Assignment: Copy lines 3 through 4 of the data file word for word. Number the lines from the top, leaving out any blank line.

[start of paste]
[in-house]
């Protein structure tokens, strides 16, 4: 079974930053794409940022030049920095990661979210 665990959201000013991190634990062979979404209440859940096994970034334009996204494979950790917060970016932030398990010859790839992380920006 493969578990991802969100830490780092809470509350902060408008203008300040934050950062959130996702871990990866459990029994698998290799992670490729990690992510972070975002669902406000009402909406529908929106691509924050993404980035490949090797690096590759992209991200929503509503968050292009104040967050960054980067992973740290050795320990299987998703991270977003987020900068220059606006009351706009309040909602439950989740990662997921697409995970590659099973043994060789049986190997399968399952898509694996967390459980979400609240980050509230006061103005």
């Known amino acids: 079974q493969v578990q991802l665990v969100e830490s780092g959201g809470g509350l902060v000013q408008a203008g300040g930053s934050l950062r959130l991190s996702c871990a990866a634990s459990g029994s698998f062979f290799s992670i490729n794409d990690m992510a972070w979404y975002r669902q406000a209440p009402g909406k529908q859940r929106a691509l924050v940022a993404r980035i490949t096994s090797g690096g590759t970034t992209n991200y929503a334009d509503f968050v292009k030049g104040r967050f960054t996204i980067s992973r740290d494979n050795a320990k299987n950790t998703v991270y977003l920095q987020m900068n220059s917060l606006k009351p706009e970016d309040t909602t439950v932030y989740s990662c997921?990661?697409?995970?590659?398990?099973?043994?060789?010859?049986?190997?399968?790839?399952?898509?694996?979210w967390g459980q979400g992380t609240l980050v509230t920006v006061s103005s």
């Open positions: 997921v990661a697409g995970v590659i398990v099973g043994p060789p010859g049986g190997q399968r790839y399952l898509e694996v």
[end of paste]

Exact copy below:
């Known amino acids: 079974q493969v578990q991802l665990v969100e830490s780092g959201g809470g509350l902060v000013q408008a203008g300040g930053s934050l950062r959130l991190s996702c871990a990866a634990s459990g029994s698998f062979f290799s992670i490729n794409d990690m992510a972070w979404y975002r669902q406000a209440p009402g909406k529908q859940r929106a691509l924050v940022a993404r980035i490949t096994s090797g690096g590759t970034t992209n991200y929503a334009d509503f968050v292009k030049g104040r967050f960054t996204i980067s992973r740290d494979n050795a320990k299987n950790t998703v991270y977003l920095q987020m900068n220059s917060l606006k009351p706009e970016d309040t909602t439950v932030y989740s990662c997921?990661?697409?995970?590659?398990?099973?043994?060789?010859?049986?190997?399968?790839?399952?898509?694996?979210w967390g459980q979400g992380t609240l980050v509230t920006v006061s103005s």
């Open positions: 997921v990661a697409g995970v590659i398990v099973g043994p060789p010859g049986g190997q399968r790839y399952l898509e694996v």